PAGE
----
By studying the interworking of these oscillations during hours of sleep and activity, we garner essential information about brain health. Abnormal brain health, and an irregularity in circadian rhythms, have exhibited the amplification of Alzheimer’s symptoms and greater susceptibility to prion diseases. Through the use of EEG, we can monitor neuronal oscillations after some treatment or change of lifestyle is expressed, granting us a better idea of what behavior or treatment must be undergone. In addition, we see how much sleep an individual truly needs during a specified age in their life.

Using positron emission tomography (PET) to treat lymphoma

PET scans, another imperative form of functional neuroimaging, are accomplished by first injecting the patient with a radiopharmaceutical-like simple sugar, most often referred to as fluorodeoxyglucose (FDG). The apparatus will then pick up the gamma rays as the sugar flows through the bloodstream. Surveying this blood flow through the brain will highlight regions of the brain where more activity is present, useful when diagnosing aphasia, brain lesions, irregular masses, and other brain disorders.

While these scans are not ideal for all variants of cancer, it is essential in the monitoring of Hodgkin’s lymphoma, Burkitt lymphoma, and other T-cell lymphomas. PET can detect sites of disease spread within small nodes that would otherwise be undetectable using a CT scan or other form of X-ray technology. PET can also monitor within the bone marrow, a feature that CT scans do not possess. To know where cancerous masses are and how far they have metastasized is to know how to treat the disease. By determining what stage of cancer one has, we are made aware of how many cycles of chemotherapy and radiotherapy are required and in which areas they should be administered.

Before the normalization of PET scans, bone marrow biopsies were common practice – a procedure that could cause extreme pain, bleeding, infection, and death. This technique, amongst other function neuroimaging techniques, has greatly contributed to healthcare and medicine.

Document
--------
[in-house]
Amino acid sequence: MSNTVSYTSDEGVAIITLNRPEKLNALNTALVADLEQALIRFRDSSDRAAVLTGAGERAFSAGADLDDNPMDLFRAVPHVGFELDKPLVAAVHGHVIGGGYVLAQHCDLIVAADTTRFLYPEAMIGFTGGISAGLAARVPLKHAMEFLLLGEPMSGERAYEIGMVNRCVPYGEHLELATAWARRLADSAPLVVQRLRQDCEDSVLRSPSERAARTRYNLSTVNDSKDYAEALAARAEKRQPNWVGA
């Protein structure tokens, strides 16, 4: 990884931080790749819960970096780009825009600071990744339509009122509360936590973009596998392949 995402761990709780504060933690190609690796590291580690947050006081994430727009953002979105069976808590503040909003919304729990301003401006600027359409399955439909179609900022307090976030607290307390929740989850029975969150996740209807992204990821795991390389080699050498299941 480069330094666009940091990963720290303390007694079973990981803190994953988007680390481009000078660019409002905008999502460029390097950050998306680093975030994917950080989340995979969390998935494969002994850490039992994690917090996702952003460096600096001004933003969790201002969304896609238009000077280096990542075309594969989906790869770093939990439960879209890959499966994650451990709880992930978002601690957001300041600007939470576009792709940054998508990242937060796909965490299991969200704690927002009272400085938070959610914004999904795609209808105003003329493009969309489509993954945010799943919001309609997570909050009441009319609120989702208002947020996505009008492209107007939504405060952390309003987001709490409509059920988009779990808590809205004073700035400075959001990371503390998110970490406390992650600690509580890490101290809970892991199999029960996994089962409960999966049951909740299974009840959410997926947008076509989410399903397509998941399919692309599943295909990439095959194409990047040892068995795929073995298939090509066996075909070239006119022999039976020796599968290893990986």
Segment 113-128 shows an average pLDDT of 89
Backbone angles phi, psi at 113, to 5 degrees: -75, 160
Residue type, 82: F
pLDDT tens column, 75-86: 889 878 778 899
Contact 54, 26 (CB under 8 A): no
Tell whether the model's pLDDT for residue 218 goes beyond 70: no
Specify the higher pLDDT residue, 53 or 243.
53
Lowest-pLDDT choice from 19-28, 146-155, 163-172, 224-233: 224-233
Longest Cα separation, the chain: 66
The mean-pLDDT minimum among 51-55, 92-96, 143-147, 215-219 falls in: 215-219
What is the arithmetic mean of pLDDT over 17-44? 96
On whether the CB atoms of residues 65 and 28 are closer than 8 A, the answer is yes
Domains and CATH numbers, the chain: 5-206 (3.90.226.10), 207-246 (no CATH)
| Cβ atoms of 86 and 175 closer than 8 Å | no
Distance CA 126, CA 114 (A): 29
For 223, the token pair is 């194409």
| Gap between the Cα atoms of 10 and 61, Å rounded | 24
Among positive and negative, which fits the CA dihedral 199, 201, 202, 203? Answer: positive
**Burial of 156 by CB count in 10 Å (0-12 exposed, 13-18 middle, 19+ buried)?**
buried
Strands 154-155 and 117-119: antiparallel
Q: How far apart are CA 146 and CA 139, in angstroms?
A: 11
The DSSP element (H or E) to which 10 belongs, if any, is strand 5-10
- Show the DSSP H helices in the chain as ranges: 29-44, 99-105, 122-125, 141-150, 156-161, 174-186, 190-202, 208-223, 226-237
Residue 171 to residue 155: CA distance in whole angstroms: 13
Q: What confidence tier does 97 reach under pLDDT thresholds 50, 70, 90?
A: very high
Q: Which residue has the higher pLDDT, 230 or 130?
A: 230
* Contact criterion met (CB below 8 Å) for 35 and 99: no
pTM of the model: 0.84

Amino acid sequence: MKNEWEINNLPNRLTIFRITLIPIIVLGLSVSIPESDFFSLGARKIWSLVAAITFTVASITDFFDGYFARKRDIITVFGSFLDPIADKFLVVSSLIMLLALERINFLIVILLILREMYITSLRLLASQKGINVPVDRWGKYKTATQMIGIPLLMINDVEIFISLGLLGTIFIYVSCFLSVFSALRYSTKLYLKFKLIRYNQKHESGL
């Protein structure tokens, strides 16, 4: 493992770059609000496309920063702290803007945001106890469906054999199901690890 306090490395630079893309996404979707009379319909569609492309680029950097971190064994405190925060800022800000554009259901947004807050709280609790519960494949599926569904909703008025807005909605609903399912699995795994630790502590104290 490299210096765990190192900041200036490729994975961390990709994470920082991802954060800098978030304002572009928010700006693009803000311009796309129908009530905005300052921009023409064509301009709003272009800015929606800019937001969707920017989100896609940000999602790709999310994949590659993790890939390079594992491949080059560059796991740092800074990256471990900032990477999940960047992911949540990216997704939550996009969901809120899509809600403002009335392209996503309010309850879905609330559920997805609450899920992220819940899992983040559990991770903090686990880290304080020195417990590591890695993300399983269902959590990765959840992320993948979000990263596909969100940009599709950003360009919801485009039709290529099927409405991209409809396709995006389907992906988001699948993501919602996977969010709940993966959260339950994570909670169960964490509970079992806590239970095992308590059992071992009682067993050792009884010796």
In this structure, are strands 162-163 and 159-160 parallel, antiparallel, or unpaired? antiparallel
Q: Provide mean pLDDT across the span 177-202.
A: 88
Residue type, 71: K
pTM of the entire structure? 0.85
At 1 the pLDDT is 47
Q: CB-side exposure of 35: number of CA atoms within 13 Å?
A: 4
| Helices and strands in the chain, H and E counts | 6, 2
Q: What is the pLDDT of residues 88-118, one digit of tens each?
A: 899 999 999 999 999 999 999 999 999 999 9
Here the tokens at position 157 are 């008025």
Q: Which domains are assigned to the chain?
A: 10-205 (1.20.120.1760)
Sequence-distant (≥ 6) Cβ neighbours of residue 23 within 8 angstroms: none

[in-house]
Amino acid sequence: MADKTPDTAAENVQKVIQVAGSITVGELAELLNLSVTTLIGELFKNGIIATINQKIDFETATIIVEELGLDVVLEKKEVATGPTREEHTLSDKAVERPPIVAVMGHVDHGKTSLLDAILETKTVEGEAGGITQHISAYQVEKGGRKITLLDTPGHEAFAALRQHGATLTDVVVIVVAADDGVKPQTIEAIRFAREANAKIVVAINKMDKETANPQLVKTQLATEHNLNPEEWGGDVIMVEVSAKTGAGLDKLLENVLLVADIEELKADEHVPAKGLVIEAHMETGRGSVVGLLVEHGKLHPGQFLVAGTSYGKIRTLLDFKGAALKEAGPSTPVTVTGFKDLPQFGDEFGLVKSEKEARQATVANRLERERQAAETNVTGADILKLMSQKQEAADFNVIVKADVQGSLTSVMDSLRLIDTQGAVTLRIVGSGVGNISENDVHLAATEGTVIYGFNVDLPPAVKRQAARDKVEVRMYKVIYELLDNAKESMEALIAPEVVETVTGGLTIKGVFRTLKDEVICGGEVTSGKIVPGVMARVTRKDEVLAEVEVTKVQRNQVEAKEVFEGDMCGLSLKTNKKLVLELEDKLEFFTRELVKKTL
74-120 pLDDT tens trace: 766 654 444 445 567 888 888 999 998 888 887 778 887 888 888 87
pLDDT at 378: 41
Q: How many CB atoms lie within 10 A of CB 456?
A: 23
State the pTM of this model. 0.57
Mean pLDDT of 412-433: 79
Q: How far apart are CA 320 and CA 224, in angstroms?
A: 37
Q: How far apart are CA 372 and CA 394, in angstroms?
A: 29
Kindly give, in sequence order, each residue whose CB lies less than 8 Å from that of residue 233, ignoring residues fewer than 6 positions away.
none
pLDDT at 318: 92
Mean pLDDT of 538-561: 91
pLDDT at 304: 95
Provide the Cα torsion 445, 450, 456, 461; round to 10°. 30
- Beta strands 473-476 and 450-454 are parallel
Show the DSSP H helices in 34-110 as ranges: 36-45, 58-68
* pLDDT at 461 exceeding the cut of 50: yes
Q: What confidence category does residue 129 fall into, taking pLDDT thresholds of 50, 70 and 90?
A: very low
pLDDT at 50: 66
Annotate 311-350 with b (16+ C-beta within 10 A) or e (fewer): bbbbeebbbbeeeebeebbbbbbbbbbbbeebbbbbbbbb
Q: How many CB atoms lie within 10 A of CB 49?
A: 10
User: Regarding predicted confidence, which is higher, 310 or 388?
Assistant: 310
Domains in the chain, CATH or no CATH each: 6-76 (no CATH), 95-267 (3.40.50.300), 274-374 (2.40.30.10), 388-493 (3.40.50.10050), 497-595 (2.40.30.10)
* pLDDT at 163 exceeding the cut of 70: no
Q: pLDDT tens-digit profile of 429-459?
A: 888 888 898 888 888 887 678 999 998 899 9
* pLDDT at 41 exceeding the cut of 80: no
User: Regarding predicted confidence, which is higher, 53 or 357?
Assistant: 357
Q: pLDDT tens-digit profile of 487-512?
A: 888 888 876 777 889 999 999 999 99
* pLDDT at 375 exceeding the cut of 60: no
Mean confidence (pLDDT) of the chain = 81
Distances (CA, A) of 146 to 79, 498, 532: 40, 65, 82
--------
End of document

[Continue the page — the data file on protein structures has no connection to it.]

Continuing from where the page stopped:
PET can be used to treat lymphoma. Image Credit: Lightspring/Shutterstock


  • Klimesch W. (2012). α-band oscillations, attention, and controlled access to stored information. Trends in cognitive sciences, 16(12), 606–617. https://doi.org/10.1016/j.tics.2012.10.007
  • Khanna, N., Altmeyer, W., Zhuo, J., & Steven, A. (2015). Functional Neuroimaging: Fundamental Principles and Clinical Applications. The neuroradiology journal, 28(2), 87–96. https://doi.org/10.1177/1971400915576311
  • Chow, M. S., Wu, S. L., Webb, S. E., Gluskin, K., & Yew, D. T. (2017). Functional magnetic resonance imaging and the brain: A brief review. World journal of radiology, 9(1), 5–9. https://doi.org/10.4329/wjr.v9.i1.5
  • Gallamini A, Borra A. Role of PET in lymphoma. Curr Treat Options Oncol. 2014 Jun;15(2):248-61. doi: 10.1007/s11864-014-0278-4. PMID: 24619427.
  • Dang-Vu, T. T., Schabus, M., Desseilles, M., Sterpenich, V., Bonjean, M., & Maquet, P. (2010). Functional neuroimaging insights into the physiology of human sleep. Sleep, 33(12), 1589–1603. https://doi.org/10.1093/sleep/33.12.1589
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Further Reading

  • All Neurology Content
  • What is Neurology?
  • What is the Difference between Neurology and Neuroscience?
  • What is Neuroscience?
  • What is Neurosurgery?

Last Updated: Sep 28, 2022

Written by

Vasco Medeiros

Obtaining an International Baccalaureate Degree at Oeiras International School, with higher levels in Chemistry, Biology, and Portuguese, Vasco Medeiros has just graduated from the University of Providence College with a Bachelor of Science. Before his work as an undergraduate, he first began his vocational training at the HIKMA Pharmaceuticals PLC plant in Ribeiro Novo. Here he worked as a validation specialist, tasked with monitoring the gauging and pressure equipment of the plant, as well as the inspection of weights and products.